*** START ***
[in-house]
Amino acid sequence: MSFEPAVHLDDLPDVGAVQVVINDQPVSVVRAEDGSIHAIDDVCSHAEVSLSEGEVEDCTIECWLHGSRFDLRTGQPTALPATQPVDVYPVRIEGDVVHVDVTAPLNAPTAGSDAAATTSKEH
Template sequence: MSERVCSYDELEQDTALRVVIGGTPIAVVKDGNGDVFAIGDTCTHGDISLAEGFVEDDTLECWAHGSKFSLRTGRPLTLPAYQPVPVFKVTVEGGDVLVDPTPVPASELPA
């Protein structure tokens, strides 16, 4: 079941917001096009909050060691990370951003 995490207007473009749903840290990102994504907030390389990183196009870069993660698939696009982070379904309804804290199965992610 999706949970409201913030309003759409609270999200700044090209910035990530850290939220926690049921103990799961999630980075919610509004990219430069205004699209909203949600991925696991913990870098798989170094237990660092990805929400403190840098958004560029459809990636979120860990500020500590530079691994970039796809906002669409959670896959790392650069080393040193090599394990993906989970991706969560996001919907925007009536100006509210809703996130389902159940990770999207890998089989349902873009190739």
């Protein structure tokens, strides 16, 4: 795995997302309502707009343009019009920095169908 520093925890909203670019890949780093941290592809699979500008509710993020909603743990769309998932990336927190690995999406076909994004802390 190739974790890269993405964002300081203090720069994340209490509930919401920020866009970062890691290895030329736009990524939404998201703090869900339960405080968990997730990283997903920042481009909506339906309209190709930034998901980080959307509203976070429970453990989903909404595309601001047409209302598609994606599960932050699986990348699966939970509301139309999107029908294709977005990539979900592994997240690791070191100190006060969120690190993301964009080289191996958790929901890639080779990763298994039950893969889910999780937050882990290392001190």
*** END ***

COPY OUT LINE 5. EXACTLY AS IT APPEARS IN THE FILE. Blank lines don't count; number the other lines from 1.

């Protein structure tokens, strides 16, 4: 795995997302309502707009343009019009920095169908 520093925890909203670019890949780093941290592809699979500008509710993020909603743990769309998932990336927190690995999406076909994004802390 190739974790890269993405964002300081203090720069994340209490509930919401920020866009970062890691290895030329736009990524939404998201703090869900339960405080968990997730990283997903920042481009909506339906309209190709930034998901980080959307509203976070429970453990989903909404595309601001047409209302598609994606599960932050699986990348699966939970509301139309999107029908294709977005990539979900592994997240690791070191100190006060969120690190993301964009080289191996958790929901890639080779990763298994039950893969889910999780937050882990290392001190």